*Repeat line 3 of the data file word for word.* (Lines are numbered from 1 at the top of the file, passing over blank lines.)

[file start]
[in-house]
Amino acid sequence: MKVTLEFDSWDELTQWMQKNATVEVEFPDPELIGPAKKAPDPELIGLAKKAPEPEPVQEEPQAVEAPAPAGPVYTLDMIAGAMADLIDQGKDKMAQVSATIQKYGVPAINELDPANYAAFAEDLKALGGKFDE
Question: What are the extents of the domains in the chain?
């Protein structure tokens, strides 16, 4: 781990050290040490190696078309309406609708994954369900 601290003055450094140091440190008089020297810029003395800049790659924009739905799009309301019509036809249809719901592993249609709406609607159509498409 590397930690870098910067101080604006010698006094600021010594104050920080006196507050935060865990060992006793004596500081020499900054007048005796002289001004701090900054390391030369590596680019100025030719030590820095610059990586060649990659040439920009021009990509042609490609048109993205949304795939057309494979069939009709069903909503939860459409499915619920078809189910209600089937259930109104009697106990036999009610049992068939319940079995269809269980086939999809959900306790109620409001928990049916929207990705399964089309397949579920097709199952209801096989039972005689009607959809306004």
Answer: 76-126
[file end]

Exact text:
Question: What are the extents of the domains in the chain?